Gary Player is a household name for every golfing fan, and as he celebrates his 60th year of professional golf, the Sunshine Tour reflects on The Black Knight’s career.
“To be involved in a sport like golf as a professional for 60 years is just a thrill,” he reflects. “I’ve obviously exercised, watched my diet, been a good sleeper and a hard worker.”
At 77 years old, Player has seen it all in his six decades of golf and has chalked up 165 professional titles worldwide, including nine major championships that were later matched by nine senior majors after the age of 50.
From the get-go he was destined for greatness. At 17, just three years after he first swung a club, Player teed off in his first professional event – the Santa Clara Transvaal Open. He went on to finish second to the great Bobby Locke, announcing himself to the South African golfing fraternity and launching one of the greatest golfing careers in history.
His meteoric rise in the golfing world was due not only to hard work, but to passion, and Players recalls being a youngster who had little interest in the game – until the bug bit.
“At the age of 14, I played cricket and football and rugby and didn’t really want to play golf as I thought it was a sissy’s game,” says Player from his Colesberg farm.
“My father asked me to come out and play a game with him, though, and the first three holes were very short. It was a par three with a wedge and then two holes with a drive and a wedge, and I started par-par-par.
“After that I had eights and nines and 12s and all manner of numbers, but I was hooked. Absolutely, irretrievably, 100 per cent hooked.”
There are many steps on the road to greatness, and many players plateau before they reach the highest of golf’s honours. Player took each step in his stride and by the age of 29 he had completed the major grand-slam, a feat otherwise achieved by Ben Hogan, Gene Sarazan, Tiger Woods and Jack Nicklaus.
“It’s hard to speak on behalf of others but as far as I’m concerned it’s merely a gift from the man above. To be one of five is unbelievable, but I can’t take the credit for it. People use the word ‘great’ or ‘superstar’ so loosely these days but I think there have only been around 12 in the long history of golf.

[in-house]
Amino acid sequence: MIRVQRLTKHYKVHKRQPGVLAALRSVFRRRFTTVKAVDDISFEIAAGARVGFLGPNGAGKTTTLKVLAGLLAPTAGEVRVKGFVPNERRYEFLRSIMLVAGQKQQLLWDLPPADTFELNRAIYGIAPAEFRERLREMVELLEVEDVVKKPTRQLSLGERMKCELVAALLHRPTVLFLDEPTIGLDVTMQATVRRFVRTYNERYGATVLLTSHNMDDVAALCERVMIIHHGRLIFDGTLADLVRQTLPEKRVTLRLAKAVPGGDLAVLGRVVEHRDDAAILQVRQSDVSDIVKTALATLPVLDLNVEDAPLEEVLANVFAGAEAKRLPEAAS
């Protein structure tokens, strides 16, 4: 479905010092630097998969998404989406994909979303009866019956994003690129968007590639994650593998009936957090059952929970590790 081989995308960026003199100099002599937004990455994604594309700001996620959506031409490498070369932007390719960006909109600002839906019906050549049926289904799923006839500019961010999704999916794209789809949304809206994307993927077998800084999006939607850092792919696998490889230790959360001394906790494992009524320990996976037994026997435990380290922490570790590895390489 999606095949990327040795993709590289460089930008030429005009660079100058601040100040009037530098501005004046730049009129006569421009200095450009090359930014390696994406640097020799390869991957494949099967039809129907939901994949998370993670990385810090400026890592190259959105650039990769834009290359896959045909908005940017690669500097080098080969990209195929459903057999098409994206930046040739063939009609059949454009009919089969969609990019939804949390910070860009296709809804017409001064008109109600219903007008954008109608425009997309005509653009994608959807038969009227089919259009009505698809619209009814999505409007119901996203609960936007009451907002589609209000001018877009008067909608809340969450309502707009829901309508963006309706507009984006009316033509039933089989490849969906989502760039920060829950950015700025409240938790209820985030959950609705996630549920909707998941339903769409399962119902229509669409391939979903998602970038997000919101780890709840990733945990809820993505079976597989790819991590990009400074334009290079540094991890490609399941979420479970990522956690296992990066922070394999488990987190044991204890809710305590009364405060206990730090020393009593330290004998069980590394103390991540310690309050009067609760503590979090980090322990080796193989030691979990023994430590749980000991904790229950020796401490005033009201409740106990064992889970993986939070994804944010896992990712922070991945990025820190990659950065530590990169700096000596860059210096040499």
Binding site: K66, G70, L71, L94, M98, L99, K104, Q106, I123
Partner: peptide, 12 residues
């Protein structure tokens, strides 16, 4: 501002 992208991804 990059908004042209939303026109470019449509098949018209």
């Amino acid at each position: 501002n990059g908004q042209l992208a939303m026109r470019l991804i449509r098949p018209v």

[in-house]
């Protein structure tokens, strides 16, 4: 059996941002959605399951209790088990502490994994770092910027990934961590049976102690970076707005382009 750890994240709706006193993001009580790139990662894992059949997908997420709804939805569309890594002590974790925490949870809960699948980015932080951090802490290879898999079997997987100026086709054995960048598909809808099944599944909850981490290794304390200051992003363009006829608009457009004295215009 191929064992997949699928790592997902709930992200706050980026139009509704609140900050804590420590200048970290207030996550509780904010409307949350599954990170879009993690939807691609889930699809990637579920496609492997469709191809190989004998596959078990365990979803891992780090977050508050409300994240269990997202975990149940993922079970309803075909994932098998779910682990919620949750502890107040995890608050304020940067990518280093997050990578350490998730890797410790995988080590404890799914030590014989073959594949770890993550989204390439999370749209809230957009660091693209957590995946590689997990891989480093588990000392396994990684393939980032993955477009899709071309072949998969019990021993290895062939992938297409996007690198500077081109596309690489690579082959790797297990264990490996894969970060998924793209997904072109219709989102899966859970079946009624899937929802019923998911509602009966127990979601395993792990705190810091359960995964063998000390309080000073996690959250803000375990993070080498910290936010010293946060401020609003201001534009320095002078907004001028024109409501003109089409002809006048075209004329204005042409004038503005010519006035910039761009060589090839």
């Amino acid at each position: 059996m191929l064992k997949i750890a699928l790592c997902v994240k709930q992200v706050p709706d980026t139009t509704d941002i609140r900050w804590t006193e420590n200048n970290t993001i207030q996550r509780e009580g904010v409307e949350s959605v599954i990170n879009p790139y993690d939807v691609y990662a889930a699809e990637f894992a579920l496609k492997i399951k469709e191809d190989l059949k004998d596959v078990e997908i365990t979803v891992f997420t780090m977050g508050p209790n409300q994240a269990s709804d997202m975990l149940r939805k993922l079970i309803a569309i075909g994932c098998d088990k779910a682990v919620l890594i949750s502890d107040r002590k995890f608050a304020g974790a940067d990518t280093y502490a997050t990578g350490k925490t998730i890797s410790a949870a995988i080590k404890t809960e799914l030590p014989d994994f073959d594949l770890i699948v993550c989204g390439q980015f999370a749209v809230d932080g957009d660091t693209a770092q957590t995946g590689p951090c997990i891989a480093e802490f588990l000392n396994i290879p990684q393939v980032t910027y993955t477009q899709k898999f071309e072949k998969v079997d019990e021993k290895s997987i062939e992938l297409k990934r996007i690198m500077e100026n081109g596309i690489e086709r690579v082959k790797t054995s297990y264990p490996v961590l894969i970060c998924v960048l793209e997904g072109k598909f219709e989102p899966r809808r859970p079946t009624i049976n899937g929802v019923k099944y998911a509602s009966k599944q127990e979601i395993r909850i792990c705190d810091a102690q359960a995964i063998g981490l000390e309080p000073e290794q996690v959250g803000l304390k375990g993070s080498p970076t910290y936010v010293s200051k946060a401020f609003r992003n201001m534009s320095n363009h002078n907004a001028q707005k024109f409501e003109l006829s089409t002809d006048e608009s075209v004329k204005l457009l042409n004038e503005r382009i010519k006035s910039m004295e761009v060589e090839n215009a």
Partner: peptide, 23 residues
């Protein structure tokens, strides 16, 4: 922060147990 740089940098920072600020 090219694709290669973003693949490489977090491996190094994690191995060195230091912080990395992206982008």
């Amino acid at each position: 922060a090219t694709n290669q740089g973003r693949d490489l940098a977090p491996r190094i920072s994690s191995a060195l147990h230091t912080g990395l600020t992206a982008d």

“The common factor is they’ve all got, or had, what they call ‘it’. Nobody can define ‘it’. Nobody can describe ‘it’. But everyone has got an opinion on what ‘it’ is,” said Player.
A lot has changed since The Black Knight first competed in the majors. Aside from using small rings to judge whether a ball was still round enough to use and from the incredible length of new courses the world of golf is totally different.
“I think of the first time I went on the tee at St Andrews in 1955. Dunlop came up to me and said ‘Here are a couple of balls for you for the week’! Now you get four-dozen balls, a new driver, new shoes, free phone calls, free lunches, free courtesy cars, free hire cars, a gymnasium, a million-dollar first prize, and there I was in ’55 sleeping on the beach where they filmed Chariots of Fire,” he said.
Ever the fitness fanatic, Player is known to endure gruelling workout sessions. He swears by physical strength and fitness in the game of golf, and attributes much of his success and longevity in the game to being a pioneer of athleticism in the sport.
“You’ve got to stay fit, you’ve got to stay lean and mean and not get heavy, and you’ve got to have the right mind-set. But I think particularly physically, to stay in shape is the important thing. Frank Stranahan and I were the first ones in golf ever to do weight training and people ridiculed and teased us and said we were nuts and couldn’t do it. And now today they are even lifting weights before they play.
“There was such a lack of knowledge back then. The power of fitness is just astounding,” he said.
Showing no signs of tiring and ever the optimist, Player would rather look ahead than reminisce, but when asked to consider his career in golf he said:
“I’ve been extremely fortunate to have such a wonderful life, meeting so many terrific people and having travelled probably more than any other human being that has ever lived. Sixty years of constant travel and if I stay well I’m going to be doing an awful lot still.”